so please, cut the lying, the straw-man crap, and let nick do his (very welcomed by anti cable trolls) experiments, k?
post #43 of 138
Quote:
Originally Posted by b0dhi View Post
One would need to be careful about how one does this. Distributing a signal down two conductors of different length could, depending on how/whether they're terminated, result in much decreased signal integrity. At least, this is the case with electrical conductors. It might be the same for optical conductors.
Sure, but you can check to see if this is an issue as part setting up the experiment. Just like you should for the other components of the analysis set up.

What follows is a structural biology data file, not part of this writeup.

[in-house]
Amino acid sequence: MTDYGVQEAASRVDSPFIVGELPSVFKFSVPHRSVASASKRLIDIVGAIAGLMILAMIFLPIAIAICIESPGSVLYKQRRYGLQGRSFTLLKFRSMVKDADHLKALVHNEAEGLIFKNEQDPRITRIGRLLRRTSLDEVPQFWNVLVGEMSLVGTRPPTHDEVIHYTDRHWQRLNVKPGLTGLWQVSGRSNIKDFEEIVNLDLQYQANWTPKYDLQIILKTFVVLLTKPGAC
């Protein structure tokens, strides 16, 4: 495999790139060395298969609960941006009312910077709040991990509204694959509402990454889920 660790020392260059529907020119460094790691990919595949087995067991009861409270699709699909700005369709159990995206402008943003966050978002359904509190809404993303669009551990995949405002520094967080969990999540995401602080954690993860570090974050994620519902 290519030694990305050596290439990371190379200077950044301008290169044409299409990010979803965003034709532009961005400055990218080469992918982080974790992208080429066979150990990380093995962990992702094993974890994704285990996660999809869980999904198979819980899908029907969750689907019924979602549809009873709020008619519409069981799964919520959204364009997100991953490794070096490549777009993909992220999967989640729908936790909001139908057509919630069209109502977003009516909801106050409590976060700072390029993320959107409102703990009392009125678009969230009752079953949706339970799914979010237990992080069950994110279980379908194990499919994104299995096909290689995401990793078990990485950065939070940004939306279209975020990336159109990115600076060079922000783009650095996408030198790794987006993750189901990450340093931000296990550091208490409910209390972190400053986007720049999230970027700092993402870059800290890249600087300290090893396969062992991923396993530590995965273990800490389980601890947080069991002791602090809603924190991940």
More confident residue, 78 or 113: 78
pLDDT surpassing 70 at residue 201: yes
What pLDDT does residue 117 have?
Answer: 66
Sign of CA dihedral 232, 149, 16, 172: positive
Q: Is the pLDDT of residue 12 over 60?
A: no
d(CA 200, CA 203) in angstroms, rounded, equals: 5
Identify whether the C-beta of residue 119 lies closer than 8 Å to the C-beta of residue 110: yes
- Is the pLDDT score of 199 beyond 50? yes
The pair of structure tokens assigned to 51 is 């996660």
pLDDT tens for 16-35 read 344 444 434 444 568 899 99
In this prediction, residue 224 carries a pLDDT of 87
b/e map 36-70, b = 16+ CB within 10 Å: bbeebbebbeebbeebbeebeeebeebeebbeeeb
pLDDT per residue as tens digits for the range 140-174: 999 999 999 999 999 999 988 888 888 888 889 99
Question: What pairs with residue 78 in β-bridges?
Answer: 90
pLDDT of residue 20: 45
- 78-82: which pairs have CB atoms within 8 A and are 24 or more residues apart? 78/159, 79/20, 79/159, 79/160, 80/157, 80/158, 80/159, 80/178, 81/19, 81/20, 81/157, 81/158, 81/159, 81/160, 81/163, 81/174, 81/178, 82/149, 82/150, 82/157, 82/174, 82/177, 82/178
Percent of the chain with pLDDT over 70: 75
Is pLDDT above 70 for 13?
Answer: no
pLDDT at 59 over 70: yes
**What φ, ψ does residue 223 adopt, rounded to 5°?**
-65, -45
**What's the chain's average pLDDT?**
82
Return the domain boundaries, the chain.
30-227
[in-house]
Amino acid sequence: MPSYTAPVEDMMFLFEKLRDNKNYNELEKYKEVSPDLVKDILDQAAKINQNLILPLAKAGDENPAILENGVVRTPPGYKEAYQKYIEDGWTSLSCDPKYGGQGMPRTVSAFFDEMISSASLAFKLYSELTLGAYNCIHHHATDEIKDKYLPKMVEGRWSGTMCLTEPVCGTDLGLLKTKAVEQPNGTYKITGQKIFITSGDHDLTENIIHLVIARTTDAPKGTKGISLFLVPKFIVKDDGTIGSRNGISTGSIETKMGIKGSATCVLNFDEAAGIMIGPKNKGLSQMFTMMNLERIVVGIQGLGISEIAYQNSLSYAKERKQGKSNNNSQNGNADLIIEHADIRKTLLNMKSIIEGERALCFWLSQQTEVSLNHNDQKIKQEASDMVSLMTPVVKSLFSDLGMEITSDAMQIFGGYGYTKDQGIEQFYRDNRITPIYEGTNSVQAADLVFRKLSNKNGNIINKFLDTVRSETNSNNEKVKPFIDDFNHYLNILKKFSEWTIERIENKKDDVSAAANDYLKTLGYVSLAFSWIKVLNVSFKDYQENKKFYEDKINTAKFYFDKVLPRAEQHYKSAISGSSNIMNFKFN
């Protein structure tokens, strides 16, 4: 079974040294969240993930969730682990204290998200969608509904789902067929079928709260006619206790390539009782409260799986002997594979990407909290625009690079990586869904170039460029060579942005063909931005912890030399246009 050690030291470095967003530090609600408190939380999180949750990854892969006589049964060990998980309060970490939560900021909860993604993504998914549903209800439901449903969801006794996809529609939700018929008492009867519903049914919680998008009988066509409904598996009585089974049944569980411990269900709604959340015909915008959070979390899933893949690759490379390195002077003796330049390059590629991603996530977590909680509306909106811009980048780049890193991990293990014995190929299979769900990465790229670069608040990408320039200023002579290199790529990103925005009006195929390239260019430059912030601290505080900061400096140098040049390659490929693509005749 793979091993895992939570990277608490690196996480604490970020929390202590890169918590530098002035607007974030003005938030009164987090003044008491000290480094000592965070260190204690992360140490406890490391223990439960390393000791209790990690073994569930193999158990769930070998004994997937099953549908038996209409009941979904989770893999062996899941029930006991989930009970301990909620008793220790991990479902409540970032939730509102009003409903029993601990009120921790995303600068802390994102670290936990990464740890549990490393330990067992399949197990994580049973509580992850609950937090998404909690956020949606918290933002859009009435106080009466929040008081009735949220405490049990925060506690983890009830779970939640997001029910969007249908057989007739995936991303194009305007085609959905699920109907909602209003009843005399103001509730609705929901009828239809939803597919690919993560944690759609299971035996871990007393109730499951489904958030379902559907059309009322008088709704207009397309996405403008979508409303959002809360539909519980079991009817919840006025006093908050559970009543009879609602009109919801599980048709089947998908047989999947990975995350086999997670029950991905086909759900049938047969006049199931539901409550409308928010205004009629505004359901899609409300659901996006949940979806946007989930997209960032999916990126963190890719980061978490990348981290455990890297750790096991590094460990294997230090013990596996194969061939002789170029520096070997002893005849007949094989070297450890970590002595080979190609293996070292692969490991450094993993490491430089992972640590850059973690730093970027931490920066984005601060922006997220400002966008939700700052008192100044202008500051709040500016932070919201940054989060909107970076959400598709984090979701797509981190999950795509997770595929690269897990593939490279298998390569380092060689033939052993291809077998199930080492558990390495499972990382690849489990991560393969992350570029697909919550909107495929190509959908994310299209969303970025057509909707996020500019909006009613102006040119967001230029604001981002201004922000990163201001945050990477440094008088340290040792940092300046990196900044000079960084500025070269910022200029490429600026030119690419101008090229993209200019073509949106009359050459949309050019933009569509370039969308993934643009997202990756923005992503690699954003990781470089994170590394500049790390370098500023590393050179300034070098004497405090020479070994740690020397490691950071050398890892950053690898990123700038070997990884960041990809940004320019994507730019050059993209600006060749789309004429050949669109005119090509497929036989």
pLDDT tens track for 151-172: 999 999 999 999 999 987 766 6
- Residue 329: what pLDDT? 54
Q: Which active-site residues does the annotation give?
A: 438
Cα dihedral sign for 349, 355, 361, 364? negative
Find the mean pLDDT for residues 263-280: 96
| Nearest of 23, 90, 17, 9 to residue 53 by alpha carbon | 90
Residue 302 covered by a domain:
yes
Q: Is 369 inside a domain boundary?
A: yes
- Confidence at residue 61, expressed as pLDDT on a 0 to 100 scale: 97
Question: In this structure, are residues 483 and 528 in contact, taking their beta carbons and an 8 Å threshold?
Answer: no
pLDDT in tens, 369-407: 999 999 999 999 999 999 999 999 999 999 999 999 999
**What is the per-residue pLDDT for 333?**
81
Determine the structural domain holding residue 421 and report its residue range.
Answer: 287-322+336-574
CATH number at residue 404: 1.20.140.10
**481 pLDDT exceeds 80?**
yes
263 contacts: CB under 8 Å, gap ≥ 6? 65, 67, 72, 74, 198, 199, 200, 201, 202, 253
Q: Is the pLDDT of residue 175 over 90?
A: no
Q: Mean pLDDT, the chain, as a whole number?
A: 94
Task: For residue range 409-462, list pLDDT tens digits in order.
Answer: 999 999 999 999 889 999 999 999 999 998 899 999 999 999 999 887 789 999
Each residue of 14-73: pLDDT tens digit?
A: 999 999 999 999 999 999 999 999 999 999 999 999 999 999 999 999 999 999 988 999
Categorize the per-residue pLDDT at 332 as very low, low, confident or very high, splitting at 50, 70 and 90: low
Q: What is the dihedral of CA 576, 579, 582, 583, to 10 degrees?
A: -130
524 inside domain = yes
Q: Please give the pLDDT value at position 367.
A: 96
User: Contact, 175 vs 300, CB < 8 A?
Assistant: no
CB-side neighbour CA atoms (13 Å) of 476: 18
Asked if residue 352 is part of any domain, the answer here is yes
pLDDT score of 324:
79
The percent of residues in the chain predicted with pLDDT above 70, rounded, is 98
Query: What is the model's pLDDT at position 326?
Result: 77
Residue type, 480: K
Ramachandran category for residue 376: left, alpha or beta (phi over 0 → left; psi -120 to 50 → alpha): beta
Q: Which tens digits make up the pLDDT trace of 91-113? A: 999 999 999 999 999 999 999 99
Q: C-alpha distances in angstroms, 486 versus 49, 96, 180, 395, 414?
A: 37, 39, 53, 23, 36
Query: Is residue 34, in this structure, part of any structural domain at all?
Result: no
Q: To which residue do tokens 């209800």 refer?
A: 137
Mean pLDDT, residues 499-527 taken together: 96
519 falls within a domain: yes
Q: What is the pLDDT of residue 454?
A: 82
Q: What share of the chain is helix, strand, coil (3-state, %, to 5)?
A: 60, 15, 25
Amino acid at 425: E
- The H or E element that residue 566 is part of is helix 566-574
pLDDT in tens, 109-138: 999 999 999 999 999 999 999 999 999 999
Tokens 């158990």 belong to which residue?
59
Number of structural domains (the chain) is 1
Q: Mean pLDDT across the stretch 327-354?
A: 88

post #44 of 138
I applaud your efforts and I'll certainly be watching this space.
post #45 of 138
Quote:
Originally Posted by Shark_Jump View Post
Sure, but you can check to see if this is an issue as part setting up the experiment. Just like you should for the other components of the analysis set up.
Yes, this is what I was advocating.